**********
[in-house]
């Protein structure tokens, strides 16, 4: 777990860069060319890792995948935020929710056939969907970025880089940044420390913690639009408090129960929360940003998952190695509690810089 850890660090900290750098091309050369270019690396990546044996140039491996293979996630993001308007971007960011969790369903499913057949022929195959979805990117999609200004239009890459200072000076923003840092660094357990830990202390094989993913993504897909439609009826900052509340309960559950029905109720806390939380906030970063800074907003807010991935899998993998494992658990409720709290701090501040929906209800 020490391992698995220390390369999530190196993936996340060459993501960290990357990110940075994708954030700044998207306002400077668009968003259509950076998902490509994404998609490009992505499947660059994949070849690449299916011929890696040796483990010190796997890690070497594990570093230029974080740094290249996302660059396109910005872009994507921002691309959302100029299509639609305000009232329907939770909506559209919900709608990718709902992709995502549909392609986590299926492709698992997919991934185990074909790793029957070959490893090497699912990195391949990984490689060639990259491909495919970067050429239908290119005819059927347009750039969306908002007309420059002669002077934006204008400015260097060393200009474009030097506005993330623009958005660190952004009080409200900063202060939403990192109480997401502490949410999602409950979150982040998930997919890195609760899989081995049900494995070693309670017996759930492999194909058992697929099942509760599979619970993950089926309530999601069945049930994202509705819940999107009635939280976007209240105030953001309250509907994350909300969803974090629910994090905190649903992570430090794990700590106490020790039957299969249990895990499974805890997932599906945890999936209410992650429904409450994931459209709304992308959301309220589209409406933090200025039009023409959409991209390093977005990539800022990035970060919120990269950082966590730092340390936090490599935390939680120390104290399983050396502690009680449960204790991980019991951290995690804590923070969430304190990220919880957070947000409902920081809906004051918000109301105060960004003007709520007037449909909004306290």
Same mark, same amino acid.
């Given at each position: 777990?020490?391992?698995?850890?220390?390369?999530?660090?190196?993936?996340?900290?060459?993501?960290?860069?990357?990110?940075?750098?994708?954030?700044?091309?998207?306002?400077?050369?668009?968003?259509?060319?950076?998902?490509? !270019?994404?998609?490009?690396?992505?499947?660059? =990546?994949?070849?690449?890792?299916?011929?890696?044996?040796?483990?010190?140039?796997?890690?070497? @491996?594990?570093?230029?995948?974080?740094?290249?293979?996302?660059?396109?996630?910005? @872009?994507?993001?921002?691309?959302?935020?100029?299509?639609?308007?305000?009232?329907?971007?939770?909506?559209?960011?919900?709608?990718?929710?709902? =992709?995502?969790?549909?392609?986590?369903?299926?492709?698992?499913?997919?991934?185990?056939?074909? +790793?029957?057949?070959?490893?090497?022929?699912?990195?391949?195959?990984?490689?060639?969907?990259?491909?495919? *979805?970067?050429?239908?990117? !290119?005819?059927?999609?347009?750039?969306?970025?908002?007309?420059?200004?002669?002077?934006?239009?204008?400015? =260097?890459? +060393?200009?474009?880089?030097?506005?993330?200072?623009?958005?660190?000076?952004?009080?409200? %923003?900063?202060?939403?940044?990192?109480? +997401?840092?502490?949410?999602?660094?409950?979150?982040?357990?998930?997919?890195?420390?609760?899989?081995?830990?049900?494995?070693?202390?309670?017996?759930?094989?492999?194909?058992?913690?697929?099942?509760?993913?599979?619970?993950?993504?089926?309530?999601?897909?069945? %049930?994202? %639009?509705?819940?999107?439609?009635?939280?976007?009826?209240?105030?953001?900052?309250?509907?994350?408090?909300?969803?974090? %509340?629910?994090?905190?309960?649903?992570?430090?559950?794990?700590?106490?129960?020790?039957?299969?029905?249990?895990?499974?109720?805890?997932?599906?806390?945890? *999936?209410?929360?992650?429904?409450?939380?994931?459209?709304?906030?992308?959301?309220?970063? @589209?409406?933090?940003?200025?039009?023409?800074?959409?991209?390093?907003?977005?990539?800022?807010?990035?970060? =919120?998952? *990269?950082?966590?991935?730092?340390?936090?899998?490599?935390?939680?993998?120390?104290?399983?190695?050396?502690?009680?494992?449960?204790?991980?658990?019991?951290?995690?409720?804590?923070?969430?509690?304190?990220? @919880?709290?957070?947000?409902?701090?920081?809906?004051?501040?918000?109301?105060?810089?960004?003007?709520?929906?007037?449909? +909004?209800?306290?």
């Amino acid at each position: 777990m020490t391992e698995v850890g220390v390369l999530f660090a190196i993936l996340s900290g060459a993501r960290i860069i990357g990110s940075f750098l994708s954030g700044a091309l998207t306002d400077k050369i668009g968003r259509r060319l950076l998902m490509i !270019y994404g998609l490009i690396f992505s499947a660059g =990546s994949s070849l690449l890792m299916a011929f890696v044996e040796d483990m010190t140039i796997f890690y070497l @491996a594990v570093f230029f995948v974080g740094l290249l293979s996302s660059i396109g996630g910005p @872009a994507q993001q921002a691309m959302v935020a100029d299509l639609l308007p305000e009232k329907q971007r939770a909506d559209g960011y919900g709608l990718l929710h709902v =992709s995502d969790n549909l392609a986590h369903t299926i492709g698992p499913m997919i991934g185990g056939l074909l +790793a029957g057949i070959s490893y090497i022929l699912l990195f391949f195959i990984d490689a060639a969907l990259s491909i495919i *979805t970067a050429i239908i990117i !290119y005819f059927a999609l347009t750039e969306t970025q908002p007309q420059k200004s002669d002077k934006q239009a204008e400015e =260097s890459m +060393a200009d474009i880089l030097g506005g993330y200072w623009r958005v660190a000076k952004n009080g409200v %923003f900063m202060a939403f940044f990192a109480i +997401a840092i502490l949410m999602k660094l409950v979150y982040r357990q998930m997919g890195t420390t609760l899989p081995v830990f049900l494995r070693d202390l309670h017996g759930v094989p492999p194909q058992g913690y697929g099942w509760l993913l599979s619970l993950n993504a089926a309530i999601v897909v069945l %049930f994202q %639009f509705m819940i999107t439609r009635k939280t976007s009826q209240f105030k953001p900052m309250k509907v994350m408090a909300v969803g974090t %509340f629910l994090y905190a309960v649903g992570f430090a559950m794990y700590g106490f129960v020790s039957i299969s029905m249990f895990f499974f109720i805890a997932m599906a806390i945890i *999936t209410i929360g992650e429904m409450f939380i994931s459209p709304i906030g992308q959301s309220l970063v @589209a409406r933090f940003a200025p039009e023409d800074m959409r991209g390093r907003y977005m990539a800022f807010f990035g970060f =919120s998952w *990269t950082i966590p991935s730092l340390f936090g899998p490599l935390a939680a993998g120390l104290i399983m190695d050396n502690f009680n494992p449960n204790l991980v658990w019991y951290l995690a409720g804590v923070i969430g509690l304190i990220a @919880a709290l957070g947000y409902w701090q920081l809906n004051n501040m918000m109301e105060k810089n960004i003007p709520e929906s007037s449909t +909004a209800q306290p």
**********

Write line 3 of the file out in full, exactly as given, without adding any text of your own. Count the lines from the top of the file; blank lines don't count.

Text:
Same mark, same amino acid.